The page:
Mangi advises family members to learn about the disease, beginning with the fact the person with Alzheimer’s loses their short-term memory before their long-term. “It doesn’t work as it once did, and it’s not coming back,” he says.

“They’re not being difficult,” says Jim. “It’s a biological problem. No amount of insistence is going to change biology. They’re doing the best they can.”

According to the Alzheimer’s Association, the brain’s 100 billion nerve cells (neurons) connect to form specialized functions such as thinking, learning, and remembering. Alzheimer’s disease is the formation of abnormal structures called plaques and tangles that damage and kill nerve cells. These structures begin clumping. As damage spreads, cells lose their ability to do their jobs and eventually die, causing irreversible changes in the brain.

So, what can we do as our loved one’s brain degrades?

“We have a mantra when caring for someone with dementia,” says Jim. “Just ‘go with the flow.’”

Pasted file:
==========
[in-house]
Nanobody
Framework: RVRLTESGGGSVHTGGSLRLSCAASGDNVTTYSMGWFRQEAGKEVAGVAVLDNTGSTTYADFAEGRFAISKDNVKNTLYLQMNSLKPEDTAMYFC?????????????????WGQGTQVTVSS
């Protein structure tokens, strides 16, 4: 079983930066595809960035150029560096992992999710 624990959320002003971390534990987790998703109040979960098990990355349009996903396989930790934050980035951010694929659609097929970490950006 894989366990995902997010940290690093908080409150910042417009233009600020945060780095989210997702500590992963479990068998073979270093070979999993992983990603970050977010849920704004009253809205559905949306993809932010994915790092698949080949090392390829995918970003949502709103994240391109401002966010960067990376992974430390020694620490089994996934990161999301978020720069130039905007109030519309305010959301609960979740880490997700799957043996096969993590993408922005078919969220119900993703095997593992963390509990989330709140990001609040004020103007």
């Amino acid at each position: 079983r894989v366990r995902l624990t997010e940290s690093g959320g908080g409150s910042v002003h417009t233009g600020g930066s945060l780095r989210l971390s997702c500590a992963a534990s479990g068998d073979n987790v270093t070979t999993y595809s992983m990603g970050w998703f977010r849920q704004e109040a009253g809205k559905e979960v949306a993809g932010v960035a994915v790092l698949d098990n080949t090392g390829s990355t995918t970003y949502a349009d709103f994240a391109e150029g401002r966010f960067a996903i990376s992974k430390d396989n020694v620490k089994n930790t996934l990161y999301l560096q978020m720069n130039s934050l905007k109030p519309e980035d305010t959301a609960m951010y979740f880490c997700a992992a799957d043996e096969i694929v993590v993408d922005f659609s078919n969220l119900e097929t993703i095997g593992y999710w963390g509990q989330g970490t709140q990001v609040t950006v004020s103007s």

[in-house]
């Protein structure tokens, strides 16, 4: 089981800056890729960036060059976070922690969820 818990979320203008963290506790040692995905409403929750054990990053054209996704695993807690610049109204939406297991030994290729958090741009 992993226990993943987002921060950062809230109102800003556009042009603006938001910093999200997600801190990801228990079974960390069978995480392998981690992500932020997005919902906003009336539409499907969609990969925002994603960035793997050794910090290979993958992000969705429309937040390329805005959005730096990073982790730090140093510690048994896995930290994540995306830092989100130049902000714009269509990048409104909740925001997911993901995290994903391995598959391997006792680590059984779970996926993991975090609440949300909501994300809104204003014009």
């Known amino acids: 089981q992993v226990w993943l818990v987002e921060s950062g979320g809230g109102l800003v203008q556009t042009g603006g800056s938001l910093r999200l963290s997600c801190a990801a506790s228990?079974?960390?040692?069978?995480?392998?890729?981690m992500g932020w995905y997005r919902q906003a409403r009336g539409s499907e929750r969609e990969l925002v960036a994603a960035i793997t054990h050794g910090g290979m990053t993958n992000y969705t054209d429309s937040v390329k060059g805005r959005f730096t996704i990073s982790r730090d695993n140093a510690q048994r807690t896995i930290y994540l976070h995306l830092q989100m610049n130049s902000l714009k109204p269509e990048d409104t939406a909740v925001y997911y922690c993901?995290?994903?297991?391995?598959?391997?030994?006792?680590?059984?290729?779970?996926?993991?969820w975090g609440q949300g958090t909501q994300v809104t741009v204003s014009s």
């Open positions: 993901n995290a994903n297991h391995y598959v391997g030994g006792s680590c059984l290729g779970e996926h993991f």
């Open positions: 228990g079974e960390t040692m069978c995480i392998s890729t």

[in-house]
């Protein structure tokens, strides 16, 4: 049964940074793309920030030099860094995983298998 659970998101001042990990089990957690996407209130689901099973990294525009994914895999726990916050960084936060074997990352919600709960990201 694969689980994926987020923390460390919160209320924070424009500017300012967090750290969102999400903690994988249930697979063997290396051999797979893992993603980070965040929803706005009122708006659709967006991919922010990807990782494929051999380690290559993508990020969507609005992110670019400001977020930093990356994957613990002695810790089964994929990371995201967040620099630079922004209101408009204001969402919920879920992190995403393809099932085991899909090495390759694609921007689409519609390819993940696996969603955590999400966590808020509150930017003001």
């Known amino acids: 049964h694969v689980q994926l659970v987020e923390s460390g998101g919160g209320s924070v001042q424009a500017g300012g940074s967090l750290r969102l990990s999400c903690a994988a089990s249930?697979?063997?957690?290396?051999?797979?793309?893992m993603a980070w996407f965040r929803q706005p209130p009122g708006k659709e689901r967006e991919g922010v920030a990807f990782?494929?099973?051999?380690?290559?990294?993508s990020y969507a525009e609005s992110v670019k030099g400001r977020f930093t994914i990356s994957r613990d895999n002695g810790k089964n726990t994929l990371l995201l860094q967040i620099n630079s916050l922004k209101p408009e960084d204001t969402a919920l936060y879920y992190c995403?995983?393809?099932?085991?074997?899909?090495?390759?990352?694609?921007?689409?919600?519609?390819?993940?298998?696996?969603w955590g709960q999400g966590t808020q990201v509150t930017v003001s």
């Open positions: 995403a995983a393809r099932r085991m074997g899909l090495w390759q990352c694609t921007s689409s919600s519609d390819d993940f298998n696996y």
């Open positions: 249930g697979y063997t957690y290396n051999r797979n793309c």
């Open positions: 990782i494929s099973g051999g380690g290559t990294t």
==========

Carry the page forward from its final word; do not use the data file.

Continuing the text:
For example, Jim tells how Kathleen grew up in New York state and spent some summers at her aunt’s house. After moving to Michigan, they often drove around, enjoying the scenic countryside. As dementia set in, Kathleen occasionally pointed out the window, “There’s my Aunt Patty’s house.”

Jim learned to go with the flow. “Well, that is a nice place. I’m not sure she’s home right now. Maybe we can stop in and see her on the way back.”

“You play along like it’s real,” explains Jim, “because that’s what’s real to her.”

Hallucinations commonly occur as dementia advances, such as a vision, sound, feeling, aroma, or taste that isn’t there. Jim tells of once, while visiting Kathleen at Brecon, she became concerned with the roof of another building. He asked her why. She pointed out the window to the roof and explained she was worried about the men fixing it, that they might fall off.

“Okay, I’ll be right back,” Jim told her. He left the room and came right back. “Sweetheart, I called the Saline Safety Department. They assured me that Acme Roofing has an excellent safety record. They said you can relax and enjoy watching them work.”

“To correct her confuses and disrespects her,” explains Jim. “Those men are in her world, and every bit as real as you and I are to each other. There is no way we can convince her otherwise. We can't bring her into our world. And we can't perfectly get into her world because we don't fully understand what she is experiencing. All we can do is respect it.”